When we decided to go to Merida, Mexico, to visit Dan’s friend and her husband, we knew it was a good idea, and we also wanted to do our own research on safety.

We had never been to Merida before, and as safety situations are constantly changing around the world, we wanted to go with confidence.

As it turned out, Merida is one of the safest, if not the safest city in Mexico, and that was something that definitely gave us peace of mind during our journey from New York City to Merida.

If you’re planning a trip to Merida and you’d like some more information on the level of safety or concern over crime, read on to find our real experience spending a month in this amazing Mexican city.

Is the Yucatan State safe?

The Yucatan State is quite safe, compared with other states in the rest of Mexico (which is very, very big!).

What’s important in discussing the Yucatan State is to differentiate it from the state of Quintana Roo, which is part of the Yucatan Peninsula, but is different geographically and economically from the Yucatan State proper.

The big difference between Yucatan State and Quintana Roo is that Quintana Roo includes the locations of Cancun, Playa del Carmen, Tulum, Cozumel, Isla Holbox and the “Mayan Riviera.”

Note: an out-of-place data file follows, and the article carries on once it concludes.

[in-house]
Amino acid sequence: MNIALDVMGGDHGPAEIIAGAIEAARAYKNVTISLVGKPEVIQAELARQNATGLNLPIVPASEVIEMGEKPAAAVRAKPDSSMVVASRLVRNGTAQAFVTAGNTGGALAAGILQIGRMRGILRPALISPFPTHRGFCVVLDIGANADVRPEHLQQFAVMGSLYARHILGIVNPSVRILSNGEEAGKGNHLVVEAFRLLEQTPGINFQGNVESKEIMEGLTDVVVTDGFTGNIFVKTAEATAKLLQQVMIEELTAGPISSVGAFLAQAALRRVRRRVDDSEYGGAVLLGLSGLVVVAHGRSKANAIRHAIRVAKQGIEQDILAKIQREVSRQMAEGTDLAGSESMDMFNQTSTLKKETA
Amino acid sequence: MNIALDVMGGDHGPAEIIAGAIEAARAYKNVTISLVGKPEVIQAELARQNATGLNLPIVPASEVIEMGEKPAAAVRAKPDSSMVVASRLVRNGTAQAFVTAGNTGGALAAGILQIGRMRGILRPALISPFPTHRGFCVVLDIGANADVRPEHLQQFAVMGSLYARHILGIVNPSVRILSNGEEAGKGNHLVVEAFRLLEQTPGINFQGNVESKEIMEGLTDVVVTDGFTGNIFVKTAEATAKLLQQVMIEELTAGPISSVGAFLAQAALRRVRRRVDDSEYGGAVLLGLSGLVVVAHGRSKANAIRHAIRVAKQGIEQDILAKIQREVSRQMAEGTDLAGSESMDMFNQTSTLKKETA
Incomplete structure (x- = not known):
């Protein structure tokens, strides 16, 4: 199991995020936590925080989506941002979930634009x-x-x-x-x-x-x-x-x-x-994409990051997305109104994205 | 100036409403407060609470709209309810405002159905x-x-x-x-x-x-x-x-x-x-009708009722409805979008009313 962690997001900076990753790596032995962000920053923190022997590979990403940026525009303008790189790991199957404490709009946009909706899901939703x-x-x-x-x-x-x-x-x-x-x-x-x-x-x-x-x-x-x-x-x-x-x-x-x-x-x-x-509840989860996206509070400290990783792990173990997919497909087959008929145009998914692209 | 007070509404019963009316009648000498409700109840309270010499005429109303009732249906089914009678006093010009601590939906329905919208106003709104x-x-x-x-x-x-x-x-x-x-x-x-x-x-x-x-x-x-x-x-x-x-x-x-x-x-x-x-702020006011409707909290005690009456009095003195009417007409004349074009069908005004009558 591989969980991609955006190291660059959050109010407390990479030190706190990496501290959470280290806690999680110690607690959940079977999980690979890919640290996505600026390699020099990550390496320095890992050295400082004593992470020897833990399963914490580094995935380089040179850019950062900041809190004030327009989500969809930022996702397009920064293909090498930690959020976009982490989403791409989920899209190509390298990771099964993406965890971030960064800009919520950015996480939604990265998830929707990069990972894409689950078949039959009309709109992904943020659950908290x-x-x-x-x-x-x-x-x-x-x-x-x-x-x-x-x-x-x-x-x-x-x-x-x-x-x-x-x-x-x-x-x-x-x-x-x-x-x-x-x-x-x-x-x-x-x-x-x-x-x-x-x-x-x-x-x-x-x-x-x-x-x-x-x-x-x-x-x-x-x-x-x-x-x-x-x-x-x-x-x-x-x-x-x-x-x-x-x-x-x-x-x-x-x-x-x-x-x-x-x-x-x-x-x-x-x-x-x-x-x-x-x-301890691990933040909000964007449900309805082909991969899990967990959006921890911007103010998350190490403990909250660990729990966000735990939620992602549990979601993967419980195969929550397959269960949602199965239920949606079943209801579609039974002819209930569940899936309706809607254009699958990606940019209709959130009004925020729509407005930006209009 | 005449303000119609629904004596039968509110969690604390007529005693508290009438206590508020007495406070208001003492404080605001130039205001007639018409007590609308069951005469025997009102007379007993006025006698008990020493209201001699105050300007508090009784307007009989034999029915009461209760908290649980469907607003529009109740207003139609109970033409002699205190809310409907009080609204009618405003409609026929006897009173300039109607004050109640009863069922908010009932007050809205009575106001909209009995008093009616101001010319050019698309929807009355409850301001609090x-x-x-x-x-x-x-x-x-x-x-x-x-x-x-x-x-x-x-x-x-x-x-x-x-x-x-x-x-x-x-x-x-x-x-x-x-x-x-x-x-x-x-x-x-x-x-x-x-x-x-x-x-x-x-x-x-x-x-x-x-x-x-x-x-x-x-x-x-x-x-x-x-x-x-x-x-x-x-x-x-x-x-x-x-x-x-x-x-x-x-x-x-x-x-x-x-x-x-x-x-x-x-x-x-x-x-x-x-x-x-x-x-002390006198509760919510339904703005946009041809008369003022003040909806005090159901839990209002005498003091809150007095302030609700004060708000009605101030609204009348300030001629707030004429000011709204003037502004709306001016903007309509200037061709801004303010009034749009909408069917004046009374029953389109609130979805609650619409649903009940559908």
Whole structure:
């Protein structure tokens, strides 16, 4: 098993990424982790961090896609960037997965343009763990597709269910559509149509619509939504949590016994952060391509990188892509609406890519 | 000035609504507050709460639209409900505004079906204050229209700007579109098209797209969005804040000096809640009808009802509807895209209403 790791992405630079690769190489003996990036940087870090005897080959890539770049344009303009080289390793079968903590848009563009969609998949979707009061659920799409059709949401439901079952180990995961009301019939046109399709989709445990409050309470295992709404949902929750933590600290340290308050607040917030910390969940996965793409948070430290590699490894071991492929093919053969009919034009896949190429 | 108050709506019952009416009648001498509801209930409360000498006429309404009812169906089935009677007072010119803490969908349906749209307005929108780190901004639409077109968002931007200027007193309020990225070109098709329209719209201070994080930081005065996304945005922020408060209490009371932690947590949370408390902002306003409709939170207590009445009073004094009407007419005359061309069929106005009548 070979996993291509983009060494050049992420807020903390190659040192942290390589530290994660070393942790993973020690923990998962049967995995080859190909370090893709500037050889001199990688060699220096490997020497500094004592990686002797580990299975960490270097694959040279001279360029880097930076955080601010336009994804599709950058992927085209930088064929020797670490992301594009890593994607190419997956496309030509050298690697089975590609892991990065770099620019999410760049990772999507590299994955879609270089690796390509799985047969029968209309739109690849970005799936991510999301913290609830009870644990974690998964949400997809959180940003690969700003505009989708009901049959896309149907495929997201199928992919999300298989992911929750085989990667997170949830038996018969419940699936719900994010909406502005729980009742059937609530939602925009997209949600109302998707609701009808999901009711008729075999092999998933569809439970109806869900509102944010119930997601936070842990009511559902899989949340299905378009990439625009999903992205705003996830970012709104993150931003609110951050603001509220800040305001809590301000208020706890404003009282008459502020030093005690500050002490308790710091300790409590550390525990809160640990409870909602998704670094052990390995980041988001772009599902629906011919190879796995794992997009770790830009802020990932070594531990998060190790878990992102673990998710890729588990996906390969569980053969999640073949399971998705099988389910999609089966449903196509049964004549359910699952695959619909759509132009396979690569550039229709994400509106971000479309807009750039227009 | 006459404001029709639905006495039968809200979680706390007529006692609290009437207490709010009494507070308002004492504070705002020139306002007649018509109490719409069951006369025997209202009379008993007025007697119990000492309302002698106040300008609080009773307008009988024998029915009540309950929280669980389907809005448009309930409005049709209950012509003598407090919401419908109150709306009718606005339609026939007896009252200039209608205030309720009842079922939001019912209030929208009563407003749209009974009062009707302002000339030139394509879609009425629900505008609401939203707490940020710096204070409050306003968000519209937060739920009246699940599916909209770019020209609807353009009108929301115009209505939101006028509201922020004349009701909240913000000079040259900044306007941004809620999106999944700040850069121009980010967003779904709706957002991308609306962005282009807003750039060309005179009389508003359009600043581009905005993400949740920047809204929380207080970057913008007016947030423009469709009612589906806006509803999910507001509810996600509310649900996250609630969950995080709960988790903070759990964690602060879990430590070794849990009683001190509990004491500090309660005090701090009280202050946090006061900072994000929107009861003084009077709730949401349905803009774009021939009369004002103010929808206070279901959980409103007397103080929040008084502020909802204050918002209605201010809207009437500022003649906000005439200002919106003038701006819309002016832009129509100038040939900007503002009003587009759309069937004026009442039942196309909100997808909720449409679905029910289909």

As you may have read, the Mayan Riviera (or in Spanish, “Riviera Maya”) has had a fair share of an increase in action since we last visited Tulum.

As I mentioned to a friend before we left for Merida that I was headed to “the Yucatan,” she sent me a recent article of a shooting in Cancun, and then my parents sent me an article about drug cartels in Tulum.

So, as you can guess, things keep changing in these beach areas, which are some of the most sought-after vacation destinations in the world.

Then there’s Merida.

Merida is the commercial center and largest city of the Yucatan State, which is off to the west of the Yucatan Peninsula, a piece of land in the Gulf of Mexico.

Merida isn’t like Tulum or Cancun at all. It’s more like a tropical Mexico City that’s located 30 minutes from the beach and has a fascinating mix of Spanish colonial and authentically Mayan-Yucatecan cultures.

The Yucatan State itself doesn’t suffer from the over-tourism problems that the Cancun area currently does. Fewer tourists find themselves in the Yucatan State, and for that reason, you may meet friends who say to you, “Merida? Where’s that?” before you leave home (we certainly did).

Overall, the Yucatan State has a relatively low crime rate with very few travel warnings and alerts. The entire state enjoys a certain level of peace and friendliness and this makes it an enjoyable place to spend time and travel.